Religion in Society

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บุญยง ชื่นสุวิมล จิรโชค วีระสย สันทัด เสริมศรี จำเนียร ชุณหโสภาค

Abstract

The article of religions in the society is written in order to make an understanding of the religion as a kind of beliefs in various societies of the world. It is based on scientific and societal debates in terms of the existence of religion in the society as well as its influences on the society and individuals alike. As far as religion is concerned, there are some major questions to be addressed, for example, “Why does the society need religion?” and “How does the religion affect the society?”. The article will trace back to background of religion since medieval age. Then comes the enlightenment period also known as the age of reason and scientific thinking. This led to the truth findings based on observational trial. However, on the emergence of new science particularly sociology of which generates a wide variety of puzzles. Still, there is an unclear definition on modern sociological thinking of the religion.


Structural functional theory that considers religion as an abstract functional element is challenged on the trueness of empirical findings. Moreover many sociological concepts defining religion are also parts of dispute. Tylor, Spencer held that the origin of religion derives from human ancestor spirit, Frazer held that homeopathic and contagious as magic elements have been embedded and impacted on human’ s belief. Marx held that religion was human creation in order to sustain one’s power, Robert Horton, Stewart Guthrie held that God looks line human characteristic or anthropomorphism, since human accustom to relevant stuffs around them even though human cannot see god. In all, the content is still not completed but could provide the basic thoughts of religion which has to be researched further.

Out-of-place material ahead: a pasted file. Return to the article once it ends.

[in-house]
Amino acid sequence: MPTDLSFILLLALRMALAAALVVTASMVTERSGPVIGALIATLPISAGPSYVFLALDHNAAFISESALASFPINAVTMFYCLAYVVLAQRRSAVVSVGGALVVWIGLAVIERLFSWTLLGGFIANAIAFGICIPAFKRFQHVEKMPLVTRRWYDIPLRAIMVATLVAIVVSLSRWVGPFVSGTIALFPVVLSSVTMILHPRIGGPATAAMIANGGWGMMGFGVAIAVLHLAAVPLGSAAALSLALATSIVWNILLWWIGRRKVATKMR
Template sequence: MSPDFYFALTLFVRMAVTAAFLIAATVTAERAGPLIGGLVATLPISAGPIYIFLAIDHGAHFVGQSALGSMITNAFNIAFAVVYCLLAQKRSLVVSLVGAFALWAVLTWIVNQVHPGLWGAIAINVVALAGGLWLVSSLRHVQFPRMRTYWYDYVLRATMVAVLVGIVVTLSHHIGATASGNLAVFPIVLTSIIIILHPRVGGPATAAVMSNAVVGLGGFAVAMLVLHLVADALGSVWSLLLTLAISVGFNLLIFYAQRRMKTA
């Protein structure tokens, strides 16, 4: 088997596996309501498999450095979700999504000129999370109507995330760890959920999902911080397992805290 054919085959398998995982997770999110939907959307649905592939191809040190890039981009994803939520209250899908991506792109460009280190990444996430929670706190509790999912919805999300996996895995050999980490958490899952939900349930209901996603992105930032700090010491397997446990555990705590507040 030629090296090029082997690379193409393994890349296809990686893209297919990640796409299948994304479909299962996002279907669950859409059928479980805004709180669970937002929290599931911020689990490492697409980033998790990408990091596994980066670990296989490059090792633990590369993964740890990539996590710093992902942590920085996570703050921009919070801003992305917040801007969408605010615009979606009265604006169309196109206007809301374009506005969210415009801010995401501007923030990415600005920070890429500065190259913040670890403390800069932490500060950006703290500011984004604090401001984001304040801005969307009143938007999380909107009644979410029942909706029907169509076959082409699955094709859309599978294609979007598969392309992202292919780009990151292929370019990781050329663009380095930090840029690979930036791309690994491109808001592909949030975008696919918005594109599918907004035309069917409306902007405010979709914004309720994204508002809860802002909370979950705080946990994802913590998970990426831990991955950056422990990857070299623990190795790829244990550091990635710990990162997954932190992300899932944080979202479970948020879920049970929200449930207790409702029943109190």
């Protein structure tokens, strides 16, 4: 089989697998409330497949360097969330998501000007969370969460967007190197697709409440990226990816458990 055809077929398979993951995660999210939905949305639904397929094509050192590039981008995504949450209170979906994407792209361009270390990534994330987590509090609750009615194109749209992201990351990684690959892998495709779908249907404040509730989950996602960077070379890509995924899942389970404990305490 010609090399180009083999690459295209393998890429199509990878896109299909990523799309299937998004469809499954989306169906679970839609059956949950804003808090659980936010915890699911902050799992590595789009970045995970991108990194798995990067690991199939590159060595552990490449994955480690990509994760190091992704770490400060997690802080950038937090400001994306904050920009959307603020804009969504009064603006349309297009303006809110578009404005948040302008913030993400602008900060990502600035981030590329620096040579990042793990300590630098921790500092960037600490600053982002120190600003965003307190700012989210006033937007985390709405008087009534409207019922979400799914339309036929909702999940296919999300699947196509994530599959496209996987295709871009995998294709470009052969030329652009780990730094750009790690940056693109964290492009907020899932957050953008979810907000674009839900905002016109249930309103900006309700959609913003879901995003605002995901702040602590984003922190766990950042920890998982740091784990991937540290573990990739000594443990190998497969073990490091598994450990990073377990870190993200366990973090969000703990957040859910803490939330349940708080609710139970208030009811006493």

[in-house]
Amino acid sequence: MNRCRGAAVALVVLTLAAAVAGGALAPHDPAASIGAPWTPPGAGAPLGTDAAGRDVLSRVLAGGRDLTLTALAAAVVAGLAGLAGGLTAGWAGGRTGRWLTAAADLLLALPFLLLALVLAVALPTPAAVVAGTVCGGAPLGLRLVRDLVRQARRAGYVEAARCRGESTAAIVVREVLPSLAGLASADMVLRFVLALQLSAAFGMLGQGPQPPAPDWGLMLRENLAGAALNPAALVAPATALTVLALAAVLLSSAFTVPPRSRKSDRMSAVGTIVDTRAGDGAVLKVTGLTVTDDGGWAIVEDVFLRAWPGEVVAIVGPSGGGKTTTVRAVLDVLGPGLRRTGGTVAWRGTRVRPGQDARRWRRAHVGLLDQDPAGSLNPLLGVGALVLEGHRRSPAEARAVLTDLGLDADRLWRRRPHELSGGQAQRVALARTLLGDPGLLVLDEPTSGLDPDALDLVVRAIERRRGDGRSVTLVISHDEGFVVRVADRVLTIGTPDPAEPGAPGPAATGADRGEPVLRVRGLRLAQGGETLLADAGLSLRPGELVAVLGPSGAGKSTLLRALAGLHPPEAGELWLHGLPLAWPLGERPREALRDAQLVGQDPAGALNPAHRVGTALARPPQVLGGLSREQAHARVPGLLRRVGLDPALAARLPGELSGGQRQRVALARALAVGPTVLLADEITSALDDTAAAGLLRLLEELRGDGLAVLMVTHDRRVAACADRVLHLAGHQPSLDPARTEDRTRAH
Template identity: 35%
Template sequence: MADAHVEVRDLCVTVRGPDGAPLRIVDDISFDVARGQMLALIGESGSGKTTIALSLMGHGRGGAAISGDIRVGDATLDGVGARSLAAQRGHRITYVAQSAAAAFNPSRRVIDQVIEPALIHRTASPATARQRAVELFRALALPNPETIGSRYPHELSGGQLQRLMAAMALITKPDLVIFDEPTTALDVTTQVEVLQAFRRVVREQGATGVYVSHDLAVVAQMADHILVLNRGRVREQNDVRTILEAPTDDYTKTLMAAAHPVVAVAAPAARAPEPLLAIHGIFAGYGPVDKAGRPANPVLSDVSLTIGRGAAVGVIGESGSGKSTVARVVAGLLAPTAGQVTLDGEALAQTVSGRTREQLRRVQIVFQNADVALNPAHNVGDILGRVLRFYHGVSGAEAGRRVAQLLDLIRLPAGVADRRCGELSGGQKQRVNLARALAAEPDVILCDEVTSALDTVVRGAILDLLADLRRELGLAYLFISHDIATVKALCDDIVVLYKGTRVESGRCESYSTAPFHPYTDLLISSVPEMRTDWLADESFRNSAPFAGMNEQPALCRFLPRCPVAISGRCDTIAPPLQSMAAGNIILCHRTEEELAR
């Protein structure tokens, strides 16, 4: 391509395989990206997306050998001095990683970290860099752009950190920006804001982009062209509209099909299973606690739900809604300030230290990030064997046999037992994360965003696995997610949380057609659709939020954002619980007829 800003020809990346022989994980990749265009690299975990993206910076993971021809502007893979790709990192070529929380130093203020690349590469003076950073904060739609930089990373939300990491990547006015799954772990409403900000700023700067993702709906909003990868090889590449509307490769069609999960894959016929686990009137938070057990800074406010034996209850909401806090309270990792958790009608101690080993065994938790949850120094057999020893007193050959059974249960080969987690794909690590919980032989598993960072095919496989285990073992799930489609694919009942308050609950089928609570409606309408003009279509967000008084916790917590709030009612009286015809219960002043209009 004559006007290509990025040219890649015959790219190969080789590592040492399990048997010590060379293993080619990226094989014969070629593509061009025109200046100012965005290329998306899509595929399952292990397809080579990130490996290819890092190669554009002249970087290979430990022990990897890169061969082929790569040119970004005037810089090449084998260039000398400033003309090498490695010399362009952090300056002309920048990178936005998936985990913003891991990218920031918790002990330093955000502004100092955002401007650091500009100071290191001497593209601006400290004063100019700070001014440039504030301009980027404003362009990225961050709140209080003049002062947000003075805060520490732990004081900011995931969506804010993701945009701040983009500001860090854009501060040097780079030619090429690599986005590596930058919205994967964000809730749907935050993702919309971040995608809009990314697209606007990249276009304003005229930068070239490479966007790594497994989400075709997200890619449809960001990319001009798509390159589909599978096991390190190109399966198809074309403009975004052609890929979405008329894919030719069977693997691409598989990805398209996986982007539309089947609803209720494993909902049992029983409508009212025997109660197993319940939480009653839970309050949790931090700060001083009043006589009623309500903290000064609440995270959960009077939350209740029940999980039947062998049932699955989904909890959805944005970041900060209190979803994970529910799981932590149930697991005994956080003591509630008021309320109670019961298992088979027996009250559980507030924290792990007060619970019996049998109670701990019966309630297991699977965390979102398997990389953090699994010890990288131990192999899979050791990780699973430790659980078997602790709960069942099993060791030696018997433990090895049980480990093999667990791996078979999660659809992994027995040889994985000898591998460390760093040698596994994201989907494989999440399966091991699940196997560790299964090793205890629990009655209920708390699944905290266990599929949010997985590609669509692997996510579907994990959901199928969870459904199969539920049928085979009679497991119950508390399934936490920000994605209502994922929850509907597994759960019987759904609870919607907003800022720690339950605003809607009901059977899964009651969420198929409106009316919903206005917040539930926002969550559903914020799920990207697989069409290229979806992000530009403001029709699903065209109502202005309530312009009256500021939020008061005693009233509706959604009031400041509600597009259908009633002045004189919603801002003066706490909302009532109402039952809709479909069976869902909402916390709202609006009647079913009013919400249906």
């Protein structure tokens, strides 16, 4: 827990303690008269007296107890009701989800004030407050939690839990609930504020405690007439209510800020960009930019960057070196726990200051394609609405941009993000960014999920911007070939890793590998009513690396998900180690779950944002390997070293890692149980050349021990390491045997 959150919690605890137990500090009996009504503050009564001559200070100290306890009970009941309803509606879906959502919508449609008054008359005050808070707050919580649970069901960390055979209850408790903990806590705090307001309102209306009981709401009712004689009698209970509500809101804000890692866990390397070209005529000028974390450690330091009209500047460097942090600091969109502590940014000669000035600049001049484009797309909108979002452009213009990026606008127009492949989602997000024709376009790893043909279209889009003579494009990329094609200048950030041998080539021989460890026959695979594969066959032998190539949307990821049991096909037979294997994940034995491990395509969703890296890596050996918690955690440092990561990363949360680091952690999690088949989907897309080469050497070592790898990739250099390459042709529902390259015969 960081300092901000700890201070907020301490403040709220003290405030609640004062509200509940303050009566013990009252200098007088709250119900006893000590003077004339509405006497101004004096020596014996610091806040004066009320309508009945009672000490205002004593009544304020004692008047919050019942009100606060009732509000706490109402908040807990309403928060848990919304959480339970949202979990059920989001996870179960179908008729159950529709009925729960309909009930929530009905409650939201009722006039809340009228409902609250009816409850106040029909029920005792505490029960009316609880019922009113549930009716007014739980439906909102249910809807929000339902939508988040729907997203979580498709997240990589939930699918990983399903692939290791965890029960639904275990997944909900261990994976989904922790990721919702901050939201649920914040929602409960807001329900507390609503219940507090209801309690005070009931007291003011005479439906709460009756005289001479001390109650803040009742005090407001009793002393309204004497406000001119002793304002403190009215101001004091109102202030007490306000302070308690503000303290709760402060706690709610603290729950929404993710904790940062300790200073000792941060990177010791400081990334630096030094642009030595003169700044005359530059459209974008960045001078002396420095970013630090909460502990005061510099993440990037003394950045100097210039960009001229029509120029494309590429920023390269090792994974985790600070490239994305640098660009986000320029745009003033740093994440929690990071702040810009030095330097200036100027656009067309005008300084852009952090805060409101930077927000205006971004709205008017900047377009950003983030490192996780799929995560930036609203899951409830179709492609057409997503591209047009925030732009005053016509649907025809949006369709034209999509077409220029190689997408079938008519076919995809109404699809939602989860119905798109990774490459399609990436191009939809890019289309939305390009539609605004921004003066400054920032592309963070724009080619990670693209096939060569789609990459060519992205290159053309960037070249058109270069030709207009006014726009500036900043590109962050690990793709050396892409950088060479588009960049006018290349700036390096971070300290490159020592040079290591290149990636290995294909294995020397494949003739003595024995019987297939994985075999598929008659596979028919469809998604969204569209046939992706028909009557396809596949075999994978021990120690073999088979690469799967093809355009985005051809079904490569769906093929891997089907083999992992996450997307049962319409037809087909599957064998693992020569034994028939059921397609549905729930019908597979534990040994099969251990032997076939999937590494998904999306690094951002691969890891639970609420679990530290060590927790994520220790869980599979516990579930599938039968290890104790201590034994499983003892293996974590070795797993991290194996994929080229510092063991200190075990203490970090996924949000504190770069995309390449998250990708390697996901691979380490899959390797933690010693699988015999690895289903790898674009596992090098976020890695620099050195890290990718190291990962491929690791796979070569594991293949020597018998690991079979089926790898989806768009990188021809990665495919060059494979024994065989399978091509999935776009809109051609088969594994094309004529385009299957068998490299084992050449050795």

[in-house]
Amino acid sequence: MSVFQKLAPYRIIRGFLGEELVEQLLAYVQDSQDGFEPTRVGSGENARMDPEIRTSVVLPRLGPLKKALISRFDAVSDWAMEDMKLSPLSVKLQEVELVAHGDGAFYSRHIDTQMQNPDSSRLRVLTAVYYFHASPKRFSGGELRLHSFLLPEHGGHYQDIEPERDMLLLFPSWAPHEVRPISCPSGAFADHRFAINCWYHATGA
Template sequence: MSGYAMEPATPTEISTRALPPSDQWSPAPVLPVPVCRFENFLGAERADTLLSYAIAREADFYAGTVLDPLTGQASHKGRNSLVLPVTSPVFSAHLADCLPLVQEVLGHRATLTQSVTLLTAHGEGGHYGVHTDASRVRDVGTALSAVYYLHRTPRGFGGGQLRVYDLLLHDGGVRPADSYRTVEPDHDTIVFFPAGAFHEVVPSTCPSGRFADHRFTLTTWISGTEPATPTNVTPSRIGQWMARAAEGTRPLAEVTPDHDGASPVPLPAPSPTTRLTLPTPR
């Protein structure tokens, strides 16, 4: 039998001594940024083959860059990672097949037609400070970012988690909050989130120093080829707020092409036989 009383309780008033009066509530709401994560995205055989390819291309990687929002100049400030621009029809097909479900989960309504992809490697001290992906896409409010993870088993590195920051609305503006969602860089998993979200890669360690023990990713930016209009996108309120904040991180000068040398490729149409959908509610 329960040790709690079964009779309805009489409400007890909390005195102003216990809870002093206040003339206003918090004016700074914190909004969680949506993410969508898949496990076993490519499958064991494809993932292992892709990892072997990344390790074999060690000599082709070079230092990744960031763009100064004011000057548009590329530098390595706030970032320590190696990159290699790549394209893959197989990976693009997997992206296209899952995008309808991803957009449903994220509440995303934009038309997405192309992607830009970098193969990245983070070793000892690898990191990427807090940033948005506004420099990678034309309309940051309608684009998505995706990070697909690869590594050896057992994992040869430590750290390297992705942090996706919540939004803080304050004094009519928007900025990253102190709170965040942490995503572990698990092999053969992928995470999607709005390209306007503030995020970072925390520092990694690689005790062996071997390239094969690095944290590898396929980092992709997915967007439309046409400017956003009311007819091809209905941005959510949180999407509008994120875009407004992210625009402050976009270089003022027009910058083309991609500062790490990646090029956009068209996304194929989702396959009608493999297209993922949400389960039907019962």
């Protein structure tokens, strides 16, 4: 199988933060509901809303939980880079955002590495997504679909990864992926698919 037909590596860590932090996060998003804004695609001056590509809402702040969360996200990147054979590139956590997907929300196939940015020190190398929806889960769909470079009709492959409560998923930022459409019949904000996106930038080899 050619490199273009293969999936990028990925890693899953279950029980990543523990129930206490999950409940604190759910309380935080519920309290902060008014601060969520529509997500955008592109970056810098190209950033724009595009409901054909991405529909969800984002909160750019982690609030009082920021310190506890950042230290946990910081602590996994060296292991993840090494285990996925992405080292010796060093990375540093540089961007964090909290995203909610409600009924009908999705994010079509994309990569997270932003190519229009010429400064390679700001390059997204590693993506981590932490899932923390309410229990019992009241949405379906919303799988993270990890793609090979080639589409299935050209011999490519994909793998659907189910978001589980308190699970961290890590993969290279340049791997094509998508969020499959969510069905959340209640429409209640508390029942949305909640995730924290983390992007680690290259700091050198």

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Academic Article

References

Hamilton, M. (1995). The sociology of religion. London: Routledge.

Mann, M. (1983). Macmillan student encyclopedia of sociology. London: Macmillan.

Russell, B. (1997). Religion and science. New York: Oxford University Press.

Spencer, H. (2004). Oxford dictionary of national biography. New York: Oxford University Press.

Tylor, B. E. (1871). Primitive culture. London: John Murray.